Laryngeal Cancer Symptoms and Long-Term Impact

Laryngeal cancer is cancer of the larynx (sometimes called the voice box), an organ located in the front of the esophagus between the pharynx and the trachea. The larynx assists in breathing, speaking, and even swallowing. When the cells that make up the tissue of the larynx begin to multiply and divide at an unusual rate it is called laryngeal cancer. The cells also grow abnormally large, usually forming a mass called a tumor. The tumor can displace and interfere with other organs surrounding the larynx and spread to other parts of the body.

A nurse talking to his patient in the doctor's office

Ariel Skelley / Getty Images

How It Spreads

When cancer spreads to other parts of the body it is called metastasis. Cancer cells can actually enter the bloodstream or lymphatic system and be carried to other organs in the body. However, the most likely place for laryngeal cancer to spread is to lymph nodes in the neck. From there it can spread to the back of the tongue, other portions of the neck and into the lungs. If left untreated it can spread throughout the entire body.

Risk Factors

Laryngeal cancer cannot always be prevented; however, certain risk factors which make you more likely to get laryngeal cancer have been identified including:

  • 55 years of age or older
  • male gender
  • smoking
  • drinking alcohol
  • having had a previous diagnosis of cancer in the head or neck
  • exposure to certain chemicals including asbestos, sulfuric acid, or nickel
  • suffering from GERD (acid reflux)
  • HPV infection

Just because you have some of these factors does not necessarily mean that you will develop laryngeal cancer.


The following symptoms of laryngeal cancer can also be associated with many other illnesses. It is important to visit your doctor to determine the cause of your symptoms. Some possible symptoms are:

  • hoarseness
  • sore throat
  • difficulty swallowing
  • difficulty breathing
  • bad breath
  • earaches
  • weight loss


There are multiple tests used to diagnose laryngeal cancer. If you have symptoms of laryngeal cancer your doctor will likely conduct a physical exam. He will feel your neck for any lumps and look in the back of your throat. If necessary, other tests will be ordered and may include:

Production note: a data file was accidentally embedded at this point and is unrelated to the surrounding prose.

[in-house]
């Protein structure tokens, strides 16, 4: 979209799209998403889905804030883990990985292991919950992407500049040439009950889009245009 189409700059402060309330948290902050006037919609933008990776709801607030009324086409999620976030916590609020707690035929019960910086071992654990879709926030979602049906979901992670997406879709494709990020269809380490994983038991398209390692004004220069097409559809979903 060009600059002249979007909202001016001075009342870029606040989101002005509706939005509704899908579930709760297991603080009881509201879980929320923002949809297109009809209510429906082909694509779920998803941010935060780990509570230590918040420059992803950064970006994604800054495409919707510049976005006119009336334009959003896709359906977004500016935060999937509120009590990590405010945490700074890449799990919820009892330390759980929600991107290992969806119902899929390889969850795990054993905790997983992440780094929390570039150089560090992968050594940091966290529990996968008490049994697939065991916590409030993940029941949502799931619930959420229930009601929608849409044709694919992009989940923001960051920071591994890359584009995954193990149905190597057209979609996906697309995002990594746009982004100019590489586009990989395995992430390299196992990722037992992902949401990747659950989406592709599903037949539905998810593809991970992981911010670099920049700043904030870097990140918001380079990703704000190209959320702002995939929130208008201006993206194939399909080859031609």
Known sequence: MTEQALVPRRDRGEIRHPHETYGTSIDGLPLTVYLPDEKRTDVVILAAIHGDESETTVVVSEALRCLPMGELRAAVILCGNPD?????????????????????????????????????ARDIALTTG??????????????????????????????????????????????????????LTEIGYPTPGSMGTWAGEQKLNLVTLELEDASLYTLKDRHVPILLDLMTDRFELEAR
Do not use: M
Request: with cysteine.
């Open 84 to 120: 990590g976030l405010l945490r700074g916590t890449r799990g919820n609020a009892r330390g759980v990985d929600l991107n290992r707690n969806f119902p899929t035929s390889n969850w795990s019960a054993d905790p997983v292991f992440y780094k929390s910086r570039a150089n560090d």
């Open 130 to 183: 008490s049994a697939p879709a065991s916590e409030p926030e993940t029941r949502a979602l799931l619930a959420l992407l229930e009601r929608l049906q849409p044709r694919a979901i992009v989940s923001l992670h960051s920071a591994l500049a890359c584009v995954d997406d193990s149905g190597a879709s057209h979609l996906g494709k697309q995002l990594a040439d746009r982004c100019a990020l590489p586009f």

• Laryngoscopy - Indirect laryngoscopy can be preformed in your doctor's office. Your physician will put a mirror with a very long handle down your throat to visualize the vocal cords and surrounding tissues. You may receive an anesthetic spray that numbs the back of your throat and keeps you from gagging. A direct laryngoscopy requires sedation to make you more comfortable so it is more likely to be performed in a surgical center or hospital. The doctor will use a laryngoscope (a tube with a light on the end which is inserted through your nose or your mouth) to visualize the larynx.
  • CT Scan
  • Biopsy


Treating laryngeal cancer may involve multiple medical experts including otolaryngologists, surgeons, oncologists, and radiation oncologists. The exact method of treatment will depend on your particular situation but often will involve surgery to remove as much of the cancer as possible. Local radiation of the cancer cells may be performed before surgery in an effort to reduce the size of the tumor or after surgery to eradicate as many cancer cells as possible. Chemotherapy is used in some cases of laryngeal cancer.

Long-Term Impact

Depending on the stage of your cancer you may need a surgery called a partial laryngectomy or total laryngectomy, which involves a tracheostomy. Sometimes the tracheostomy is temporary but sometimes it is permanent. Perhaps one of the most devastating side effects of laryngeal cancer is its effects on speech. If you have a permanent tracheostomy, you will have to learn how to speak in a new way. You will have lessons from a speech pathologist to help you learn to talk. In the meantime, keep a pencil and a pad of paper with you at all times so you can communicate. With many new resources available to learn sign language this may also be a viable option for you and your family.

Some patients opt to use a mechanical larynx to speak. There are multiple kinds of mechanical devices to choose from. Some are powered by air and others by batteries. Some devices require you to hold them up against your throat while others are inserted into your mouth. You may have to experiment with the assistance of your speech pathologist to find the right device for you.

While laryngeal cancer can be devastating, and the road to recovery may be long and hard, there are many resources to help you on your way. You will need the support of family and friends in addition to your medical team.

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Article Sources
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  • National Cancer Institute. What You Need To Know About Cancer of the Larynx.